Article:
sUAS Multispectral Remote Sensing to Evaluate Spatial and Temporal Distribution of Submerged Macrophyte Coverage for Silver Bow Creek in Southwest Montana
A thesis research paper submitted in partial fulfillment of the requirements for the degree of Masters of Science in Environmental Engineering.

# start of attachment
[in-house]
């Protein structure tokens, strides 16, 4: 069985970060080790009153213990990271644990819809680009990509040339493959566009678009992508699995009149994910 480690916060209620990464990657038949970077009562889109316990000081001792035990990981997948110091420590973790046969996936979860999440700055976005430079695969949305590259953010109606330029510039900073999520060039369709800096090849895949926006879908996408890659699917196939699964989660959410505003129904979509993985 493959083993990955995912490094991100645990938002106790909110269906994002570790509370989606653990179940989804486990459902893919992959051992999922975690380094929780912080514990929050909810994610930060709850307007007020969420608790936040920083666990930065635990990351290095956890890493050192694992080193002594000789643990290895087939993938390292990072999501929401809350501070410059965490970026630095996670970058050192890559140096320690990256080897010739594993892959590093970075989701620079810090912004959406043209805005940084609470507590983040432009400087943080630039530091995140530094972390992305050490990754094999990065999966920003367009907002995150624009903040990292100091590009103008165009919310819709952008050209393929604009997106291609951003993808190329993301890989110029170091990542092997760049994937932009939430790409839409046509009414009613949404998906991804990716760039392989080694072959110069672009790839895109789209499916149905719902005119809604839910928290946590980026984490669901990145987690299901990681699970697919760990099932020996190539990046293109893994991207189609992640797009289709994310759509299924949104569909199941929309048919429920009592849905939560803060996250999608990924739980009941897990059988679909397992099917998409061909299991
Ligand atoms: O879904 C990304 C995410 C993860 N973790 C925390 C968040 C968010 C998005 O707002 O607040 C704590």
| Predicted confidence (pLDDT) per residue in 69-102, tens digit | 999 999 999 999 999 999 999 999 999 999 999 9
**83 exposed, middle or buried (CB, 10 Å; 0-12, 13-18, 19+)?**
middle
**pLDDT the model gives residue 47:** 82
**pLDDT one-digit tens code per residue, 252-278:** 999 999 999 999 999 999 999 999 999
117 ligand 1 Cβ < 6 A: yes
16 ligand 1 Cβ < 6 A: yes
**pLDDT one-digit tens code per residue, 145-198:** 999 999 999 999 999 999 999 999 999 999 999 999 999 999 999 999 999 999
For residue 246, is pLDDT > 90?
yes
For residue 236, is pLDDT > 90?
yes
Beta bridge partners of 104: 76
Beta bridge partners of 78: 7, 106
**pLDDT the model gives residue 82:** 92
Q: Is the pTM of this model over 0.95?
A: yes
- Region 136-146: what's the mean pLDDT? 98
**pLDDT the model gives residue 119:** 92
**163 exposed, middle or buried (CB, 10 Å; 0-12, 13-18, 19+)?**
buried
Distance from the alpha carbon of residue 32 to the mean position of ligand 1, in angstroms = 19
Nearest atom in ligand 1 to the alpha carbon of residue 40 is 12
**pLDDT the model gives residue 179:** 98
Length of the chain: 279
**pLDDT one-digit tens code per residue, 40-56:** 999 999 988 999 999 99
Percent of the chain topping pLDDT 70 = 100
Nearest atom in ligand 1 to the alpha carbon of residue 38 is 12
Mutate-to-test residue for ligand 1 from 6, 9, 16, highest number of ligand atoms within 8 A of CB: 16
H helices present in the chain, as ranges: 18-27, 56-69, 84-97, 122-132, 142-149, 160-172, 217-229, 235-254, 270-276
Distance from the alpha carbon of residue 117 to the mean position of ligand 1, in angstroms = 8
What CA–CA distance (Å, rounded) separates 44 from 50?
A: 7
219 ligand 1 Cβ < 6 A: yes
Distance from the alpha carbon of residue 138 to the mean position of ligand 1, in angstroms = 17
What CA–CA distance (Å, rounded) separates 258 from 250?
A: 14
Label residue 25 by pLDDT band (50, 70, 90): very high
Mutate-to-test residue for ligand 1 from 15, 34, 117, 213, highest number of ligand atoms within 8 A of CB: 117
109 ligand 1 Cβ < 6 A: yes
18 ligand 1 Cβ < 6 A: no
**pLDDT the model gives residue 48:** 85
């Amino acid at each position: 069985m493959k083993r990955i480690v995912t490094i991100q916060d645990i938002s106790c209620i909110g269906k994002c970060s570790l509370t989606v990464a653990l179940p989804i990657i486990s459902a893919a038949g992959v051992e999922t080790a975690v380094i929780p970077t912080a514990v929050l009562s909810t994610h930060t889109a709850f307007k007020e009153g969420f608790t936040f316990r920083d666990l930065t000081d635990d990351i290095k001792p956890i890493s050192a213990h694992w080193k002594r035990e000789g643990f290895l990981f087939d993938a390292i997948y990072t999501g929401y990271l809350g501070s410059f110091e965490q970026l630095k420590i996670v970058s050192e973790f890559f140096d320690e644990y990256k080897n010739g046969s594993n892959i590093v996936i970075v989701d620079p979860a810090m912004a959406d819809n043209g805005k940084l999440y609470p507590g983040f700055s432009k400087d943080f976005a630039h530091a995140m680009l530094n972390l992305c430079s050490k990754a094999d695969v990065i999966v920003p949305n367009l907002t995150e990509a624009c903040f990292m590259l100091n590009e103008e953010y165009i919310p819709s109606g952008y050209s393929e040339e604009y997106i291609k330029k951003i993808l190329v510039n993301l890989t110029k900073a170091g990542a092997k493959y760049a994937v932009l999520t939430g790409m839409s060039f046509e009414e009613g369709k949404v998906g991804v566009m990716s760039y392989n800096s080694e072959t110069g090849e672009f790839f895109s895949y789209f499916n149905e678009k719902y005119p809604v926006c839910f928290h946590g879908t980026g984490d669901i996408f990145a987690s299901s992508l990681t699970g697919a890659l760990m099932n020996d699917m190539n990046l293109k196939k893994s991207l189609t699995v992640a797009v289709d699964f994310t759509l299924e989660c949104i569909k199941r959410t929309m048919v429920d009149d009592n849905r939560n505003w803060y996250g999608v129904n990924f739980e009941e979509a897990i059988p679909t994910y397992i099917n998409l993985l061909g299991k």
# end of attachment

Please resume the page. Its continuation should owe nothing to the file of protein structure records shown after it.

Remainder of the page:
Macrophytes play a key role in aquatic systems as filters for detritus and nutrients and source of food and habitat for aquatic organisms; however, become overabundant due to excessive nutrient loading, as is the case in Silver Bow Creek, Butte, Montana. An overabundance of macrophytes can be detrimental, leading to large diurnal variation in dissolved oxygen (DO) and hindering recreational activities. Because of the importance of macrophytes in aquatic ecosystems, recent studies have focused on the efficacy of remote sensing techniques for mapping macrophytes in lakes, estuaries, and coastlines. Little research has been done on the application of remote sensing for mapping macrophytes in streams. The goal of this study was to collect the spatial and temporal data necessary to help determine the effect of macrophytes on DO concentrations using remote sensing techniques and determine if SBC is on a recovering trend in terms of DO concentrations. To determine diurnal and long-term trends in DO concentrations, multiparameter sondes were deployed at six locations along Silver Bow Creek throughout the 2021 macrophyte growing season (May-December). Along with this, water samples were collected for a one-day-period during baseflow conditions to capture the diel trend in nutrients, alkalinity, cBOD, and detritus. To collect spatial and temporal macrophyte coverage, nearly monthly (June-September) sUAS remote sensing campaigns were carried out upstream of DO monitoring locations during the peak of the growing season. High resolution multispectral images were collected using a small unmanned aerial system (sUAS) and classified using ArcGIS Pro Support Vector Machine (SVM) classifier. Correlation of the observed DO diurnal variations with macrophyte coverage upstream of the sonde location suggested the heavy influence of macrophytes on DO concentrations. In performing supervised classification, the spectral signature of macrophytes was evaluated. This study found that wavelengths approaching the near infrared, from 705 nm to 842 nm, showed consistent variation in signature profiles for submerged macrophytes and water. The best distinction could be made at the 717 nm wavelength. This determination assisted with the ArcGIS classifications. ArcGIS supervised classification of macrophytes produced overall accuracies ranging from 50% to 88% with an average of 76%. Kappa coefficients ranged from 0.20 to 0.80 with an average of 0.53. Only fair agreement was achieved for the classification of the orthomosaics for Whiskey Gulch, Beaver Dam, and Opportunity during June and July when macrophyte coverage was low. Agreement was best achieved for the August and September datasets when macrophyte coverage was higher. Monthly macrophyte coverage was compared with maximum DO diurnal variation during that month to demonstrate correlation. The percent macrophyte coverage of each classified orthomosaic is plotted against the maximum diurnal variation in DO which occurred during that month in the corresponding reach. This produced an R2 value of 0.61, showing strong correlation between macrophyte growth and maximum DO diurnal variation.